The last few years have seen a rapid rise in popularity of network attached storage (NAS) systems. Coupled with the increased interest in IP cameras for surveillance, this has led to video management / surveillance solutions becoming an important product line for NAS as well as networking equipment vendors. Companies such as QNAP have dedicated surveillance NAS units (VioStor lineup). Other companies provide surveillance solutions as apps for their NAS platform (Synology's Surveillance Station, for example). At CES, we saw Buffalo working together with AXIS to create a networked video recorder (NVR) using a standard 2-bay Marvell-based NAS.

Linksys is no stranger to the NAS market, though they might not be as popular as more established vendors in the space such as Netgear, Synology and QNAP. They are making a concerted effort to re-enter the small and medium business (SMB) market with recent product introductions in the networking space. Towards this, they recently announced some SMB solutions in the surveillance market. A number of 1080p-capable IP cameras were introduced, but our focus here is on the NVR model, the LNR0208C.

The LNR0208C is a standalone NVR system running an embedded Linux OS. Based on a Marvell 2.0 GHz SoC (likely to be one of the higher clocked Kirkwood variants), it supports up to eight simultaneous video feeds in eight separate channels. There is support for all Linksys IP cameras out of the box, but other vendors' cameras which are ONVIF profile S compliant can also be used with the NVR. There is no license requirement to add cameras, unlike the surveillance offerings from other vendors. With two bays, the end user can have up to 8 TB of hot-swappable storage. The NVR-specific features include remote live view and playback and support for linking with other NVRs on the network (multiple NVR monitoring). The hardware itself is a standard 2-bay NAS with a GbE port, two eSATA ports and three USB 2.0 ports. The differentiating aspect is the presence of four digital in / two digital out (DI/DO) ports for sensors and alarms (This application note [PDF] provides an overview of how DI/DO ports can be used in conjunction with an IP camera / NVR system).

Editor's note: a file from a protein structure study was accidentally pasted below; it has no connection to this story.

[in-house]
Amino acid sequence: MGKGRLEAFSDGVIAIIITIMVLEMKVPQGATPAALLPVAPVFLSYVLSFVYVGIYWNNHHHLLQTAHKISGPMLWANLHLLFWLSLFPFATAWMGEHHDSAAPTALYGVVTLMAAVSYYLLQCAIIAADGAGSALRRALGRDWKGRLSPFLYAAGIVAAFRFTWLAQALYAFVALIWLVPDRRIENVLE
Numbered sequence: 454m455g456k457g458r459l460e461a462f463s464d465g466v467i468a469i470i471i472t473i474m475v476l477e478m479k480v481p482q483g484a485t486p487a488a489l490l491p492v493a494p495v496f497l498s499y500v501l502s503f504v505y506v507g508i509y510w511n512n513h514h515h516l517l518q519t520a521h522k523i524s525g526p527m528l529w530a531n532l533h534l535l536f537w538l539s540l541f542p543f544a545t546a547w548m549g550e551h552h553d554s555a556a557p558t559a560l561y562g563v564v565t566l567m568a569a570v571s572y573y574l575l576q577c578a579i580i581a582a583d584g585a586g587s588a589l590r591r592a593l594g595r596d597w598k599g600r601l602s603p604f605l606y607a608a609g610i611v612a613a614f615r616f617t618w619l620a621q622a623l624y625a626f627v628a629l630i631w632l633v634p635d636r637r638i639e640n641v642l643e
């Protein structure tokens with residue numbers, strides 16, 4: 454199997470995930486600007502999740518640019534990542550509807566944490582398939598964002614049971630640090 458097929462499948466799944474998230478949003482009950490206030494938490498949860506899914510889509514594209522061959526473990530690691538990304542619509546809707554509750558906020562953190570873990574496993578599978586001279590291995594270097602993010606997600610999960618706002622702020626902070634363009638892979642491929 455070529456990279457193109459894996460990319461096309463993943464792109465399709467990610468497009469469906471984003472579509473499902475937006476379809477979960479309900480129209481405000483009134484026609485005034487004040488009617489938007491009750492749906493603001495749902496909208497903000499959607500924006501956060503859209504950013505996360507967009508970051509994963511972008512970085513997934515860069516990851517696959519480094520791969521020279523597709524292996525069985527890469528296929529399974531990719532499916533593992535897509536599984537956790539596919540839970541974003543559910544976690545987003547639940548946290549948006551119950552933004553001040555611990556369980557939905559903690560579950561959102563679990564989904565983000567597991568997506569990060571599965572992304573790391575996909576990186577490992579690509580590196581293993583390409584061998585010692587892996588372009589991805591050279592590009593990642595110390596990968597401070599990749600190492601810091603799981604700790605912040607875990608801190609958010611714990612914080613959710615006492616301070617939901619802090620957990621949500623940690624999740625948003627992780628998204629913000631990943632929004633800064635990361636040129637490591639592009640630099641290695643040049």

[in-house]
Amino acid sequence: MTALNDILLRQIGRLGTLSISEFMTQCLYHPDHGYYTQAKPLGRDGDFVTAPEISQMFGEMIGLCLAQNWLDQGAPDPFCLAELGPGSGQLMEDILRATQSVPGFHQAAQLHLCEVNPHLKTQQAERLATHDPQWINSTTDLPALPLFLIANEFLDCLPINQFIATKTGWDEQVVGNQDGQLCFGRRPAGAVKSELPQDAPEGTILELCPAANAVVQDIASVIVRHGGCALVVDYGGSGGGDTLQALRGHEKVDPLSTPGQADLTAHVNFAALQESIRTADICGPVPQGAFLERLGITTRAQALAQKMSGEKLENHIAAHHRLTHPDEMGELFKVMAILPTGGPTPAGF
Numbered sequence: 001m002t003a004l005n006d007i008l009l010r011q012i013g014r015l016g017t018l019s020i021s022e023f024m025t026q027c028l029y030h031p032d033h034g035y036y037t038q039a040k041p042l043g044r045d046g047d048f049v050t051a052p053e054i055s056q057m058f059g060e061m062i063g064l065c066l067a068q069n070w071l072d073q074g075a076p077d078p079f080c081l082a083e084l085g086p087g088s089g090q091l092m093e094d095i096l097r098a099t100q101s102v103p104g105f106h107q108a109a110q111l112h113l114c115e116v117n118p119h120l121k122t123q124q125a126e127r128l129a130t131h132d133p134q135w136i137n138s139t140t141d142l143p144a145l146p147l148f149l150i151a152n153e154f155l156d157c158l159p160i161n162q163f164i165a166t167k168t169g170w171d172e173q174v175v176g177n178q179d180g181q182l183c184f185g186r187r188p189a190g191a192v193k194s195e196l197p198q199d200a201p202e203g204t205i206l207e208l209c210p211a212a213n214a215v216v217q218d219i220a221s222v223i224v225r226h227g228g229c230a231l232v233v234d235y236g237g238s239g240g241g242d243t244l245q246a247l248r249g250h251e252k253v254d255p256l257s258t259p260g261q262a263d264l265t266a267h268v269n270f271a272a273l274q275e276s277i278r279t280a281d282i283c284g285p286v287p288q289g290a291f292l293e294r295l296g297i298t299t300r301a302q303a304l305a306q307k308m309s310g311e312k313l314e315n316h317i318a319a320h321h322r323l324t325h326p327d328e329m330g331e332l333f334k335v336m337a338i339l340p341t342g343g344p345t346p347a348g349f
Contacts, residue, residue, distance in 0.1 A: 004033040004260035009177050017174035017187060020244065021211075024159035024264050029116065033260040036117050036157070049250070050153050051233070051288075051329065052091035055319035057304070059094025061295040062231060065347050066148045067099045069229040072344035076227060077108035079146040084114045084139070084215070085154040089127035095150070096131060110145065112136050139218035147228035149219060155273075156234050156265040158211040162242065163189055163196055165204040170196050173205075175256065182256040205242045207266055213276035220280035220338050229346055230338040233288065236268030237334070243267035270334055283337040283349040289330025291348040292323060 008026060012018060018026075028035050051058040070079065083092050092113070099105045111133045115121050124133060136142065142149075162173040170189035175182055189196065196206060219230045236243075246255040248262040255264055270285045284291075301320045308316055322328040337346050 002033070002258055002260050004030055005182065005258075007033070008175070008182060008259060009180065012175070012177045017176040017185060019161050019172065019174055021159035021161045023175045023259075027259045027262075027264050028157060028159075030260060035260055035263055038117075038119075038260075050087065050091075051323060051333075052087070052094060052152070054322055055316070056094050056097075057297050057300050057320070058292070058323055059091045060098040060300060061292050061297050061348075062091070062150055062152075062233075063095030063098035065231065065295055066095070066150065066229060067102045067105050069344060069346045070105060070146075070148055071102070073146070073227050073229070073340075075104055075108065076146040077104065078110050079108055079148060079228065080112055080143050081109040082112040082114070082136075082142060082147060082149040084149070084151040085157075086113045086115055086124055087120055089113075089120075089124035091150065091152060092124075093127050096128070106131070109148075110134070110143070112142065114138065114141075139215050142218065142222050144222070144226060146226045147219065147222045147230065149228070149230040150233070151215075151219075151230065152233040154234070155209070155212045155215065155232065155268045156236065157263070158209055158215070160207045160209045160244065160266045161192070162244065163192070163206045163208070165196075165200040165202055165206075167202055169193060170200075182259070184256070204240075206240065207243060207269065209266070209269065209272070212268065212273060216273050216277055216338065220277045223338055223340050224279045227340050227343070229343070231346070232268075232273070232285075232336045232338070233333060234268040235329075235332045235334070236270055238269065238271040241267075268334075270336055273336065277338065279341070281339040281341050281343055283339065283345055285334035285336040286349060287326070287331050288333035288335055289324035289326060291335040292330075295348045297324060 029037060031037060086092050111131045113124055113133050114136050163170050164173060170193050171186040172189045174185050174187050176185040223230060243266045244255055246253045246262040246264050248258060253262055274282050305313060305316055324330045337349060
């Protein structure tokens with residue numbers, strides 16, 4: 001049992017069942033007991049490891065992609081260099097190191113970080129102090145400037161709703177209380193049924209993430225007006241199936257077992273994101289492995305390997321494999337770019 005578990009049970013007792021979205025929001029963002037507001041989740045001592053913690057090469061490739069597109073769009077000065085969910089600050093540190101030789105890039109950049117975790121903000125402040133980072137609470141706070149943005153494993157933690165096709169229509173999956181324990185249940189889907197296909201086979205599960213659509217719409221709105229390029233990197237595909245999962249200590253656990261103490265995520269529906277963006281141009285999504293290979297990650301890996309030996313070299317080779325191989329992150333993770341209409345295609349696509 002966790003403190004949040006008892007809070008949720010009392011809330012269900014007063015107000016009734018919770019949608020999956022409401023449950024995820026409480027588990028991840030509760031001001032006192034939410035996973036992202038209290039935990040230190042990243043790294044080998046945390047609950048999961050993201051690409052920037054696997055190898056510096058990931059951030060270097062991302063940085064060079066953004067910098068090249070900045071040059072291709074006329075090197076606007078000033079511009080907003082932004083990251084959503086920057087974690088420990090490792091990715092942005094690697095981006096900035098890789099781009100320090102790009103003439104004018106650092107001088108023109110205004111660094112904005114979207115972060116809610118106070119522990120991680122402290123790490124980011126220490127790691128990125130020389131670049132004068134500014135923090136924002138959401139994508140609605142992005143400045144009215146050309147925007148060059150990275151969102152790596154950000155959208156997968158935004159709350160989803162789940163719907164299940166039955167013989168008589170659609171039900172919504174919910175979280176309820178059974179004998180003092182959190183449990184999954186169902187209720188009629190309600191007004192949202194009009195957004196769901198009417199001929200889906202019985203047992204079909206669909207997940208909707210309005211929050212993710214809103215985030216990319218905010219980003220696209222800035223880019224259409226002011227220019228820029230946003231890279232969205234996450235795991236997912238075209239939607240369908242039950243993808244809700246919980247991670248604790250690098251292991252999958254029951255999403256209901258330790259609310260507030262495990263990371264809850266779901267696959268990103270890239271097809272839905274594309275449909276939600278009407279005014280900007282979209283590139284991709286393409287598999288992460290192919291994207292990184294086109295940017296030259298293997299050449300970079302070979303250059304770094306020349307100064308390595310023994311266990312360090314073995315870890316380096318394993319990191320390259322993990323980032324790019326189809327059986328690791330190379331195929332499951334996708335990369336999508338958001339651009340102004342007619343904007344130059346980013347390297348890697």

The Linksys LNR0208C diskless version has a MSRP of $799.99 MSRP and will become available for purchase later this month.

Source: Linksys

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  • imaheadcase - Wednesday, February 5, 2014 - link

    None of this is worth it if the criminal just steals the unit. You have to put some form of online backup for it to be useful. Which brings to the next point, good luck with that with the bandwidth it will make daily.
  • Murloc - Wednesday, February 5, 2014 - link

    just hide it and make it complicated enough to get to that it becomes too dangerous to spend lots of time taking it out, since most people who are concerned with security have an alarm too.

    Also I guess you can use motion detection so that it uploads only relevants parts of the video?
  • Einy0 - Wednesday, February 5, 2014 - link